In short, there is as yet no fail-safe way of identifying a potential terrorist and preempting him. In India, the legal system is also a big obstacle to preempting terrorists and punishing potential terrorists, partly because entrapment is not permitted and partly because 19th century Indian laws are simply not equipped to handle 21st century crimes. Worse, the standards of evidence are so onerous that it is virtually impossible to secure any conviction if the defendant has a half-decent lawyer. But India also needs to be ready to face up to these kind of lone wolf attacks. While prevention and preemption may not always be possible, what is possible is preparation of the law enforcement machinery to respond quickly to any such attack and limit the damage that a lone wolf can cause. But this requires a complete revamping of the policing system in India which, one daresay, is unlikely to happen anytime soon.

Even more important is to change the discourse on terrorism. Nonsensical political correctness is not going to be very helpful in combating the jihadist narrative. Without demonising a religion or a faith, it is imperative that a spade be called a spade. Since jihadists use the cover of Islam to justify their actions, it is the responsibility of Muslims to defend their faith, not through denial or the inane line that ‘terrorists are not Muslims’, but by accepting and admitting that they are Muslims who are distorting the faith. But this won’t be possible unless the Muslim community accepts that there is a problem and that problem can only be addressed through reformation in Islam.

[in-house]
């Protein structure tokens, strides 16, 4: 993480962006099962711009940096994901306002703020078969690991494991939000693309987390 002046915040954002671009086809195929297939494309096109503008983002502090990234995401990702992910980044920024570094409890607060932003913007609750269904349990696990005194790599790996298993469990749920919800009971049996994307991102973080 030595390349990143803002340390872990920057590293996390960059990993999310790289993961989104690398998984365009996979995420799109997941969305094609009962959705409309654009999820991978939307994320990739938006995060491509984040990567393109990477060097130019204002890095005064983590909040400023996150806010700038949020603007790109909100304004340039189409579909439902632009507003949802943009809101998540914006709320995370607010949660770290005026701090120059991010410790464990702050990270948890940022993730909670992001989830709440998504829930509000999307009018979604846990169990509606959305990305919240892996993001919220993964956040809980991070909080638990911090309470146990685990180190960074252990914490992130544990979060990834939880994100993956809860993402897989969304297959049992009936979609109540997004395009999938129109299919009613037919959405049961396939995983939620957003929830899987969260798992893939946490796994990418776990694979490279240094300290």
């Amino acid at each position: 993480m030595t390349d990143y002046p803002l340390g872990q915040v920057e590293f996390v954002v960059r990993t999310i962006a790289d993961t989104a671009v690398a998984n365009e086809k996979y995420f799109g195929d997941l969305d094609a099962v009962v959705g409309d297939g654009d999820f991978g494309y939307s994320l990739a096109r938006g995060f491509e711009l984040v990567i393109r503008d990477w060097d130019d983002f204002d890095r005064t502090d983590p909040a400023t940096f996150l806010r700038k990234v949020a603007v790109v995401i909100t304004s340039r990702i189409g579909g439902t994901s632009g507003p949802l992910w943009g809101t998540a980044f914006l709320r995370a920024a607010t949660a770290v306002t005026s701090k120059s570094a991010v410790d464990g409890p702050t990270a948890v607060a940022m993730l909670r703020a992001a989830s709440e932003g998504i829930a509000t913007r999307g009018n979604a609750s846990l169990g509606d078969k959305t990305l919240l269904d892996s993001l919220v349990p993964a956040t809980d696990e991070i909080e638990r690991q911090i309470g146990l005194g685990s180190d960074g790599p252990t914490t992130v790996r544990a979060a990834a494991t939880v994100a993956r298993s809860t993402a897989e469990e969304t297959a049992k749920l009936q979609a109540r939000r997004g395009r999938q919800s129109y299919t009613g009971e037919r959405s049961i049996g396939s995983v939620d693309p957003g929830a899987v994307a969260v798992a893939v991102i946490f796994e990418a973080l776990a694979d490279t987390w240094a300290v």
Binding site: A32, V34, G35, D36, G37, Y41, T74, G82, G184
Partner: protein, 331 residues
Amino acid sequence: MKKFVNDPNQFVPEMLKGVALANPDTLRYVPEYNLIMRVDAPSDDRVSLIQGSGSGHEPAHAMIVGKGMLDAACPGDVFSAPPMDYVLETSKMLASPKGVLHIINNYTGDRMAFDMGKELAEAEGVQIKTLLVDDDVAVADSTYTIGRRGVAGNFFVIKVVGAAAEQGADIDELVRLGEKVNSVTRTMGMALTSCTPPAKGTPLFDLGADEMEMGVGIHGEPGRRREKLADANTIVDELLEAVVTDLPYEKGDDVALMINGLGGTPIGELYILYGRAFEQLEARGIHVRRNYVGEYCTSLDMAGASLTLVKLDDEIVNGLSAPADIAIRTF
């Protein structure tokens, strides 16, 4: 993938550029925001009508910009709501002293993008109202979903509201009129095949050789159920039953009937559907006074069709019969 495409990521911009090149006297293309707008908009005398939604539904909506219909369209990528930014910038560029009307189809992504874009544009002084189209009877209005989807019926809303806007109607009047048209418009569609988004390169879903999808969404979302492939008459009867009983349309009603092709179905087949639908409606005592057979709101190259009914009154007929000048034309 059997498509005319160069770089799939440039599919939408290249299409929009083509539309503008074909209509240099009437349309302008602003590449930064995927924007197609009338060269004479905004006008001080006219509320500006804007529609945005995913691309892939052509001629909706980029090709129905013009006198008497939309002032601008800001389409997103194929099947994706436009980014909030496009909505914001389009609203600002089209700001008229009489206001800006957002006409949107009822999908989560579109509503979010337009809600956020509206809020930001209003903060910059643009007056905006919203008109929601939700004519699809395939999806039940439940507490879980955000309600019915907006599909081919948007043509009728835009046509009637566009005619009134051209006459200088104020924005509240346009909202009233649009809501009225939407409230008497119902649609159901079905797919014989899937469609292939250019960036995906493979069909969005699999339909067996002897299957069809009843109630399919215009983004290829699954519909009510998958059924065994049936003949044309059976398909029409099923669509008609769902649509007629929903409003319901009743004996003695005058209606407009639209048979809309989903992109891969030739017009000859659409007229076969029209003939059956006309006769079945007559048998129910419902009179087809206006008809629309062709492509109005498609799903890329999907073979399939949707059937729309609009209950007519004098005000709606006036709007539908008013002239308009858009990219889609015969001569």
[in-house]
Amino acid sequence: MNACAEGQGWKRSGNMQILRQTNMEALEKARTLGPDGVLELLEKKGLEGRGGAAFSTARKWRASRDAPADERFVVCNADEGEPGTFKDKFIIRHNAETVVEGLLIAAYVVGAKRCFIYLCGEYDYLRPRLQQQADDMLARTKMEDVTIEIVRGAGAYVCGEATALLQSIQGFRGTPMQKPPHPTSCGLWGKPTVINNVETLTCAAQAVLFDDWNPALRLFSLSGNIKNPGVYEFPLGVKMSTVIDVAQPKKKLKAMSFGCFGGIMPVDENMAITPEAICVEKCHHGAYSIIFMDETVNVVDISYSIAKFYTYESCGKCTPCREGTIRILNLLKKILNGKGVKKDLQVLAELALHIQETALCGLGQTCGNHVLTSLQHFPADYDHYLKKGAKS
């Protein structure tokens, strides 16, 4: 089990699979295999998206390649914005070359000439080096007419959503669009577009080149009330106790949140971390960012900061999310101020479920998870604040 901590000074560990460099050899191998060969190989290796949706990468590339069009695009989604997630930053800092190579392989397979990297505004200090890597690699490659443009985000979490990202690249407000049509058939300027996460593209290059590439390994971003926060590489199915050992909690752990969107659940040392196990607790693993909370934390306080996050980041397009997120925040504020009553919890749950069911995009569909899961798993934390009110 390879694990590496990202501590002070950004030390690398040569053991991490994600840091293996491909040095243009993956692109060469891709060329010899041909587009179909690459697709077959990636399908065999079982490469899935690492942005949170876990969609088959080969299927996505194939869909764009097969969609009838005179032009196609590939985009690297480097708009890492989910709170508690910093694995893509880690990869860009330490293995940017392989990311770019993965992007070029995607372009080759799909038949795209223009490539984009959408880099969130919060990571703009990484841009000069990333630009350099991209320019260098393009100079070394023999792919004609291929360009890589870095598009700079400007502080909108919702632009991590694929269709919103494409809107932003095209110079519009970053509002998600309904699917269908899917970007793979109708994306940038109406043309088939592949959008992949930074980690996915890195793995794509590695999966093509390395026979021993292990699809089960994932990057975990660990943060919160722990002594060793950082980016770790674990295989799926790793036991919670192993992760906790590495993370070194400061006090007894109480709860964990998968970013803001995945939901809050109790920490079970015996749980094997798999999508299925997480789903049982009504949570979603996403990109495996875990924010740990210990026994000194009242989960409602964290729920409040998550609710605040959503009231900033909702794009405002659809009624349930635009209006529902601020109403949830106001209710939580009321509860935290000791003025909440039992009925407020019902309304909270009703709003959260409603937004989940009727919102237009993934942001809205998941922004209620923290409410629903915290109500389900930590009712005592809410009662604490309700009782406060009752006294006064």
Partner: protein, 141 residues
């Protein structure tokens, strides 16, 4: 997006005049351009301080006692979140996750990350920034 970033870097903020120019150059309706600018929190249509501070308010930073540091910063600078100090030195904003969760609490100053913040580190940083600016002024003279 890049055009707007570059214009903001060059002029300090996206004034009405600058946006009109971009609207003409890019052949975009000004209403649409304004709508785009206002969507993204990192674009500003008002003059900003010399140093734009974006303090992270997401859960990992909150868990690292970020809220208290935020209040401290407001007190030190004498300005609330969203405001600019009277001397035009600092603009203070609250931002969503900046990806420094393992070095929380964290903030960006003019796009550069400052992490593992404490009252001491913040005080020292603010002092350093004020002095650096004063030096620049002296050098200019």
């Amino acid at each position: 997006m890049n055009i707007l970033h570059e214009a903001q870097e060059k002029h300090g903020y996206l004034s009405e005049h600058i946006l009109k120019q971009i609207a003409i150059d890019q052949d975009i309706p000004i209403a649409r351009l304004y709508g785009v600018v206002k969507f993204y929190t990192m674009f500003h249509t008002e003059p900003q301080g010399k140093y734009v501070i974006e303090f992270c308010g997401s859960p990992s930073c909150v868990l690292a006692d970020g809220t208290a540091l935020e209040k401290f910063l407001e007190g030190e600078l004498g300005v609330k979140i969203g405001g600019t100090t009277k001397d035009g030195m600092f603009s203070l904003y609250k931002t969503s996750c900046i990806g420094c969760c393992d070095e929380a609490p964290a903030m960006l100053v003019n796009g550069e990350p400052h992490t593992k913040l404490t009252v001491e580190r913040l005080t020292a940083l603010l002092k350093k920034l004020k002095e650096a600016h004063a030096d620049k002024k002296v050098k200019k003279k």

Clearly, as the spate of recent attacks — Istanbul, Baghdad, Paris, Dhaka, and now Nice — demonstrate, the scourge of Islamic terrorism is likely to stay for the better part of this century. For anyone to imagine that this will end by extermination of the IS or Al Qaeda or Lashkar-e-Taiba or any of the other organisations peddling their murderous wares, is to live in a fool’s paradise. Jihadist organisations will morph and transform themselves, re-emerge in a new avatar and continue their business under a new name, with new tactics. Not until jihad as a doctrine is delegitimised, not just among non-Muslims but also among Muslims, will the civilised world start to turn the tide against Islamic terrorism? But till then, brace yourself for more attacks like Nice.

The author is senior fellow at the Vivekananda International Foundation. Views are personal.